The State Of Media

About 10 years ago there was a major worldwide shift in how people consumed and shared news and information. There began a shift away from reading newspapers and watching TV news to social media. Today many people’s main source of news are posts in their Facebook, Twitter or Instagram feeds rather than from traditional news organizations. This of course has implications, and so we thought it was a good time to look at the state of media.

Media is changing across Asia and around the world.
A recent Pew Research study on news media in the US is reflective of trends we see across the globe and so looking at their data gives us a good insight into worldwide trends.

U.S. newspaper circulation reached its lowest level since 1940, the first year with available data. Total daily newspaper circulation (print and digital combined) was an estimated 28.6 million for weekday and 30.8 million for Sunday in 2018. Those numbers were down 8% and 9%, respectively, from the previous year.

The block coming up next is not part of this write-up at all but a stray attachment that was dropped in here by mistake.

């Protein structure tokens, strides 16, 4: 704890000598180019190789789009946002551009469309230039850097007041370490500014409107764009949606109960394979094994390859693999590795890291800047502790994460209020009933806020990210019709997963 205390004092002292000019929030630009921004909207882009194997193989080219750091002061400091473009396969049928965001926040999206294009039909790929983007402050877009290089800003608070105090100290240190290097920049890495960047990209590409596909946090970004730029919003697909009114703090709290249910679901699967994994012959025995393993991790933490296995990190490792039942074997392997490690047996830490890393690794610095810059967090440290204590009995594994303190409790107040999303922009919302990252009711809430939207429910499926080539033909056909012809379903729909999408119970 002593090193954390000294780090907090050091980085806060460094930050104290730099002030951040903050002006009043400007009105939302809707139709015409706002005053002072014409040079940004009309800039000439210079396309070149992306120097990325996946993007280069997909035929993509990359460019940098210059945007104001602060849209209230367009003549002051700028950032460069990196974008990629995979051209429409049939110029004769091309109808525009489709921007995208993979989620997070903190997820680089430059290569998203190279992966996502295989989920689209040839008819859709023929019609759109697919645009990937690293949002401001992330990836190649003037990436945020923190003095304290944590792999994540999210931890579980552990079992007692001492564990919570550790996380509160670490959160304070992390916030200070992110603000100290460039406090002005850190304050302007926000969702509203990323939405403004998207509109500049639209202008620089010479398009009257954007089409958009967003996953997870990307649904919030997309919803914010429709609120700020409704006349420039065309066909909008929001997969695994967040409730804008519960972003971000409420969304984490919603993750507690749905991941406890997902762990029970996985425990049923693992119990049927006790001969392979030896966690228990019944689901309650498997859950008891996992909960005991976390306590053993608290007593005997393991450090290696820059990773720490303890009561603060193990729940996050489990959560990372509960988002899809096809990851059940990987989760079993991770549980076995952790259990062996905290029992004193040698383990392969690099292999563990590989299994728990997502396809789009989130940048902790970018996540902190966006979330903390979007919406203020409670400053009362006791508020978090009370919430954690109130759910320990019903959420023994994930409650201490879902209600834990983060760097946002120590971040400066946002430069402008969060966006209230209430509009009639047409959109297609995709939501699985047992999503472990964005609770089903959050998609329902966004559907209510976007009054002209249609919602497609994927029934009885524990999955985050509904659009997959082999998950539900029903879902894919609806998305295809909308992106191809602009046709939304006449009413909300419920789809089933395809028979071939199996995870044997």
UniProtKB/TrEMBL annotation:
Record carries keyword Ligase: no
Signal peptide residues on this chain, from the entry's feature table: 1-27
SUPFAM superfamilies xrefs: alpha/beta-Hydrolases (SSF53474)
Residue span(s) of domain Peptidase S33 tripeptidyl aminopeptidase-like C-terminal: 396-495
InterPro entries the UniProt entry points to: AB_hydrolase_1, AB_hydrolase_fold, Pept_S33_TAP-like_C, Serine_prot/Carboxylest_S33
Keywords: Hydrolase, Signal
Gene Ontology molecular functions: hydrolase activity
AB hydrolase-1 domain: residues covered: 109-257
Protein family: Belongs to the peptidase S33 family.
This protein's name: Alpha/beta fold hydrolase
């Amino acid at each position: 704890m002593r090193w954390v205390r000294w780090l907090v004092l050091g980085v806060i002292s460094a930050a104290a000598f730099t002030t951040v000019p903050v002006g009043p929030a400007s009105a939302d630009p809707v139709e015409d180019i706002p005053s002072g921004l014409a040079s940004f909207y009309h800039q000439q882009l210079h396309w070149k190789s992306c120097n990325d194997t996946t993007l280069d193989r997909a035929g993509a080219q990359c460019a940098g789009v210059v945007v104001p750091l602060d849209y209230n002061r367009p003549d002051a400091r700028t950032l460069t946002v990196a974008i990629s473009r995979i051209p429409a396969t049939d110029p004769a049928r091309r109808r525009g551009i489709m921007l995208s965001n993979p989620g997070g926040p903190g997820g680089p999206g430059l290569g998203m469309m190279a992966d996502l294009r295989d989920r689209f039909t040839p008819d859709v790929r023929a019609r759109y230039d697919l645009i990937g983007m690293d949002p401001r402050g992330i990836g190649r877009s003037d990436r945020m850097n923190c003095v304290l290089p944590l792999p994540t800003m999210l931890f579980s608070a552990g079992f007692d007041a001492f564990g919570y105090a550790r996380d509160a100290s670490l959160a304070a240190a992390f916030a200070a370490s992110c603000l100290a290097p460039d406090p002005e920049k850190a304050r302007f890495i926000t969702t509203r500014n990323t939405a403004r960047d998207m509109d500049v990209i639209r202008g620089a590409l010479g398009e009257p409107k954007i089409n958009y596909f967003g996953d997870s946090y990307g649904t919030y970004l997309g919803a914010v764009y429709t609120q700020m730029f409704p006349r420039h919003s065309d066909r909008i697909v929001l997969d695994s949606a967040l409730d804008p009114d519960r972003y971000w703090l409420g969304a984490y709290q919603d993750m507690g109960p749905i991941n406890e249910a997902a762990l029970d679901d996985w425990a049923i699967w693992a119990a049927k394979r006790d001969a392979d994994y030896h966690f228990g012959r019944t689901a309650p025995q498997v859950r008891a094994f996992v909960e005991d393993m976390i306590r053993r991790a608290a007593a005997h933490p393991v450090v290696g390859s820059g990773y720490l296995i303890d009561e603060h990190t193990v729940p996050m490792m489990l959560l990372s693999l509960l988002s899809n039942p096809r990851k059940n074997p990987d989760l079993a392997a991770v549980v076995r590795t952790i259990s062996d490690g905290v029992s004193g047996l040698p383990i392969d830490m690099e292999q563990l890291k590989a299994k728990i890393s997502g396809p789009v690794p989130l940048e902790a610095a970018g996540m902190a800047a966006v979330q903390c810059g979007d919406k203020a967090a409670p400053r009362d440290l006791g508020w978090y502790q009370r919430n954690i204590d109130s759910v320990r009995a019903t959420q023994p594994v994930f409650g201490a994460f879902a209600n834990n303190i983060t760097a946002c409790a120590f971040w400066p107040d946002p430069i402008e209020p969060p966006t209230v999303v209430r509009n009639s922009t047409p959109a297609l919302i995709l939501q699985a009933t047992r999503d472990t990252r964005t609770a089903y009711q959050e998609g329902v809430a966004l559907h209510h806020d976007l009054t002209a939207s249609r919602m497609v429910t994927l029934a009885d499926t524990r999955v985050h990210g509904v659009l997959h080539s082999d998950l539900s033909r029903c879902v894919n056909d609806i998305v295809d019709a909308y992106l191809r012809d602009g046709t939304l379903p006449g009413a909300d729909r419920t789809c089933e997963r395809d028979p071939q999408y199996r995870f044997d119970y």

The audience for local TV news has steadily declined. The average audience fell in key time slots in 2018, down 10% for morning news and 14% for late night and evening news, according to Comscore StationView Essentials® data.

Cable news was a bright spot in another down year for the U.S. news media industry’s economic fortunes. Revenue rose 4% over the past year for Fox News, CNN and MSNBC combined, according to estimates from Kagan, a media research group. That made cable news one of the only sectors with a revenue increase in 2018. Some think this is uniquely American and part of the “Trump effect” where people who are pro and anti-Trump seek out more TV news than in past years.

Traffic to news websites seems to have leveled off. Unique visitors to the websites of both newspapers and digital-native news sites showed no growth between the fourth quarters of 2017 and 2018, the second year in which there was no notable growth, according to Comscore, a cross-platform audience measurement company. From 2014 to 2016, traffic rose steadily for both these sectors in the fourth quarter.

Digital ad revenue has grown exponentially, but a majority goes to Facebook and Google rather than to publishers. Revenue from ads placed on digital platforms – counting all platforms, not just news sites – rose by 23% in 2018, and now makes up nearly half (49%) of all ad revenue in the US.

While these stats are all for the US market they do reflect a larger international trend and can help show the state of media across the globe.